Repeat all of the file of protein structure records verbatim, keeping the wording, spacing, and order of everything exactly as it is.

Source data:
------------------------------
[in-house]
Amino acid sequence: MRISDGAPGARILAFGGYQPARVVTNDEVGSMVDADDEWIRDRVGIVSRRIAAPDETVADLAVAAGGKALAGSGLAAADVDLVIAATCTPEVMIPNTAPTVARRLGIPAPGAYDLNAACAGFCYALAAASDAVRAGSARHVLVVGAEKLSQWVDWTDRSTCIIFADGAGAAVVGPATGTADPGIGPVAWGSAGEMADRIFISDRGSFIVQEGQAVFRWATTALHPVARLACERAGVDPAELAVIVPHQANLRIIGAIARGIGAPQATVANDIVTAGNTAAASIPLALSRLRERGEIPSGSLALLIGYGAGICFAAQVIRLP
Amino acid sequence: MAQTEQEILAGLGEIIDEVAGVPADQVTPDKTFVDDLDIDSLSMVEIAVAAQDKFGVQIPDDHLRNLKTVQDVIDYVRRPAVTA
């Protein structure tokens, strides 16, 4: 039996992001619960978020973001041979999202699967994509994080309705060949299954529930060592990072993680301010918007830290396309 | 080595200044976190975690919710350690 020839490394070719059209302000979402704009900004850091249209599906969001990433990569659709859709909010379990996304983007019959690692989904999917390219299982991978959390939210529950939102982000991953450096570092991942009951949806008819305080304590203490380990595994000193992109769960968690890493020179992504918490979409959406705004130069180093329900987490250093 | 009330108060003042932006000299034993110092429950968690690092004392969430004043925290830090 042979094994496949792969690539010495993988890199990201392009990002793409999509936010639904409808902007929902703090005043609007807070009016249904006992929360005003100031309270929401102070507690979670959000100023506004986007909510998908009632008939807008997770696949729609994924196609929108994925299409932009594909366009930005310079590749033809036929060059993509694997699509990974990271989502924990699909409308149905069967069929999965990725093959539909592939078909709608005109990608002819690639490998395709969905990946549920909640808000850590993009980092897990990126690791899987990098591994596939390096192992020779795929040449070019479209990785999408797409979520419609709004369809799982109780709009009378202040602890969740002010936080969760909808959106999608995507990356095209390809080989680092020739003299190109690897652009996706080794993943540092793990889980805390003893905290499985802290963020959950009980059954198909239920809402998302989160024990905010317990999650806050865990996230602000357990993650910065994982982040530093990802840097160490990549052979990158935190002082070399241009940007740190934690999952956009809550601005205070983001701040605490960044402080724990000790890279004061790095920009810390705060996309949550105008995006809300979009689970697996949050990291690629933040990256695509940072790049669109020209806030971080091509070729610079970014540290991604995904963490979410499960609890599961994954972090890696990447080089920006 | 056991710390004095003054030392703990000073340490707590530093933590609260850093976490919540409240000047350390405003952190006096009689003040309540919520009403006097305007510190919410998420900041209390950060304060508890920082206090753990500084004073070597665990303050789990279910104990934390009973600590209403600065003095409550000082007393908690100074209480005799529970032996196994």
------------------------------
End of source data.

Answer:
[in-house]
Amino acid sequence: MRISDGAPGARILAFGGYQPARVVTNDEVGSMVDADDEWIRDRVGIVSRRIAAPDETVADLAVAAGGKALAGSGLAAADVDLVIAATCTPEVMIPNTAPTVARRLGIPAPGAYDLNAACAGFCYALAAASDAVRAGSARHVLVVGAEKLSQWVDWTDRSTCIIFADGAGAAVVGPATGTADPGIGPVAWGSAGEMADRIFISDRGSFIVQEGQAVFRWATTALHPVARLACERAGVDPAELAVIVPHQANLRIIGAIARGIGAPQATVANDIVTAGNTAAASIPLALSRLRERGEIPSGSLALLIGYGAGICFAAQVIRLP
Amino acid sequence: MAQTEQEILAGLGEIIDEVAGVPADQVTPDKTFVDDLDIDSLSMVEIAVAAQDKFGVQIPDDHLRNLKTVQDVIDYVRRPAVTA
């Protein structure tokens, strides 16, 4: 039996992001619960978020973001041979999202699967994509994080309705060949299954529930060592990072993680301010918007830290396309 | 080595200044976190975690919710350690 020839490394070719059209302000979402704009900004850091249209599906969001990433990569659709859709909010379990996304983007019959690692989904999917390219299982991978959390939210529950939102982000991953450096570092991942009951949806008819305080304590203490380990595994000193992109769960968690890493020179992504918490979409959406705004130069180093329900987490250093 | 009330108060003042932006000299034993110092429950968690690092004392969430004043925290830090 042979094994496949792969690539010495993988890199990201392009990002793409999509936010639904409808902007929902703090005043609007807070009016249904006992929360005003100031309270929401102070507690979670959000100023506004986007909510998908009632008939807008997770696949729609994924196609929108994925299409932009594909366009930005310079590749033809036929060059993509694997699509990974990271989502924990699909409308149905069967069929999965990725093959539909592939078909709608005109990608002819690639490998395709969905990946549920909640808000850590993009980092897990990126690791899987990098591994596939390096192992020779795929040449070019479209990785999408797409979520419609709004369809799982109780709009009378202040602890969740002010936080969760909808959106999608995507990356095209390809080989680092020739003299190109690897652009996706080794993943540092793990889980805390003893905290499985802290963020959950009980059954198909239920809402998302989160024990905010317990999650806050865990996230602000357990993650910065994982982040530093990802840097160490990549052979990158935190002082070399241009940007740190934690999952956009809550601005205070983001701040605490960044402080724990000790890279004061790095920009810390705060996309949550105008995006809300979009689970697996949050990291690629933040990256695509940072790049669109020209806030971080091509070729610079970014540290991604995904963490979410499960609890599961994954972090890696990447080089920006 | 056991710390004095003054030392703990000073340490707590530093933590609260850093976490919540409240000047350390405003952190006096009689003040309540919520009403006097305007510190919410998420900041209390950060304060508890920082206090753990500084004073070597665990303050789990279910104990934390009973600590209403600065003095409550000082007393908690100074209480005799529970032996196994």